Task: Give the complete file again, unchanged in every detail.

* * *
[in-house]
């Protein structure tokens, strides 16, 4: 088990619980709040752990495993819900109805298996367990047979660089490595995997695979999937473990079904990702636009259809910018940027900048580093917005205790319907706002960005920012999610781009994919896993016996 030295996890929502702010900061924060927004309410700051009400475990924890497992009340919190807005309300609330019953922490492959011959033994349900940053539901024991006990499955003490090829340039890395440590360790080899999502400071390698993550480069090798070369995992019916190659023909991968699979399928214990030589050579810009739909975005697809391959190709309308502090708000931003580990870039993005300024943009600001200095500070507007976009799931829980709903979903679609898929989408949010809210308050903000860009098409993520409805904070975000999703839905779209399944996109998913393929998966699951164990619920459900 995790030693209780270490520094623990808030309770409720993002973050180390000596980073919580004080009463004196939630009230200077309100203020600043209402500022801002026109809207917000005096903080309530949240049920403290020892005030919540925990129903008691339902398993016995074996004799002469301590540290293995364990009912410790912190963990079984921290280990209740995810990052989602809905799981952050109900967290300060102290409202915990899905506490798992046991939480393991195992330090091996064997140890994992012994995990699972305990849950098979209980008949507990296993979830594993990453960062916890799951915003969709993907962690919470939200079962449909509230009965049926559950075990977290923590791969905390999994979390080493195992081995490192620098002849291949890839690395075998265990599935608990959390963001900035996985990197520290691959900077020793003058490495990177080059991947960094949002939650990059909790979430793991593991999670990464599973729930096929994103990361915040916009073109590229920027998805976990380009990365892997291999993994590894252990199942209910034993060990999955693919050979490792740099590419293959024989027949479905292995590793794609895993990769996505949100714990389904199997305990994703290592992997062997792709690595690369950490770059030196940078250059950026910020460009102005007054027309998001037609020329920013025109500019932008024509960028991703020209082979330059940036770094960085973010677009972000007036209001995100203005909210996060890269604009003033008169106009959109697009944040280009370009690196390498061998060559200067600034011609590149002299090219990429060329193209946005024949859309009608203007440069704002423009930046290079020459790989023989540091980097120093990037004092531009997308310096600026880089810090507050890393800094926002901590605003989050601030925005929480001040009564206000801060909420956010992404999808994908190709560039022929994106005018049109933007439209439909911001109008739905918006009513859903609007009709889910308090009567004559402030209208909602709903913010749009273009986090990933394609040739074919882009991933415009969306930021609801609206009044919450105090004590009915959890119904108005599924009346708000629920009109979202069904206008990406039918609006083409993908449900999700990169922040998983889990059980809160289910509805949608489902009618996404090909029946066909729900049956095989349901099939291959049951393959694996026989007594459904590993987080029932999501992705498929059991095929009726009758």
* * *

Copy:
[in-house]
């Protein structure tokens, strides 16, 4: 088990619980709040752990495993819900109805298996367990047979660089490595995997695979999937473990079904990702636009259809910018940027900048580093917005205790319907706002960005920012999610781009994919896993016996 030295996890929502702010900061924060927004309410700051009400475990924890497992009340919190807005309300609330019953922490492959011959033994349900940053539901024991006990499955003490090829340039890395440590360790080899999502400071390698993550480069090798070369995992019916190659023909991968699979399928214990030589050579810009739909975005697809391959190709309308502090708000931003580990870039993005300024943009600001200095500070507007976009799931829980709903979903679609898929989408949010809210308050903000860009098409993520409805904070975000999703839905779209399944996109998913393929998966699951164990619920459900 995790030693209780270490520094623990808030309770409720993002973050180390000596980073919580004080009463004196939630009230200077309100203020600043209402500022801002026109809207917000005096903080309530949240049920403290020892005030919540925990129903008691339902398993016995074996004799002469301590540290293995364990009912410790912190963990079984921290280990209740995810990052989602809905799981952050109900967290300060102290409202915990899905506490798992046991939480393991195992330090091996064997140890994992012994995990699972305990849950098979209980008949507990296993979830594993990453960062916890799951915003969709993907962690919470939200079962449909509230009965049926559950075990977290923590791969905390999994979390080493195992081995490192620098002849291949890839690395075998265990599935608990959390963001900035996985990197520290691959900077020793003058490495990177080059991947960094949002939650990059909790979430793991593991999670990464599973729930096929994103990361915040916009073109590229920027998805976990380009990365892997291999993994590894252990199942209910034993060990999955693919050979490792740099590419293959024989027949479905292995590793794609895993990769996505949100714990389904199997305990994703290592992997062997792709690595690369950490770059030196940078250059950026910020460009102005007054027309998001037609020329920013025109500019932008024509960028991703020209082979330059940036770094960085973010677009972000007036209001995100203005909210996060890269604009003033008169106009959109697009944040280009370009690196390498061998060559200067600034011609590149002299090219990429060329193209946005024949859309009608203007440069704002423009930046290079020459790989023989540091980097120093990037004092531009997308310096600026880089810090507050890393800094926002901590605003989050601030925005929480001040009564206000801060909420956010992404999808994908190709560039022929994106005018049109933007439209439909911001109008739905918006009513859903609007009709889910308090009567004559402030209208909602709903913010749009273009986090990933394609040739074919882009991933415009969306930021609801609206009044919450105090004590009915959890119904108005599924009346708000629920009109979202069904206008990406039918609006083409993908449900999700990169922040998983889990059980809160289910509805949608489902009618996404090909029946066909729900049956095989349901099939291959049951393959694996026989007594459904590993987080029932999501992705498929059991095929009726009758």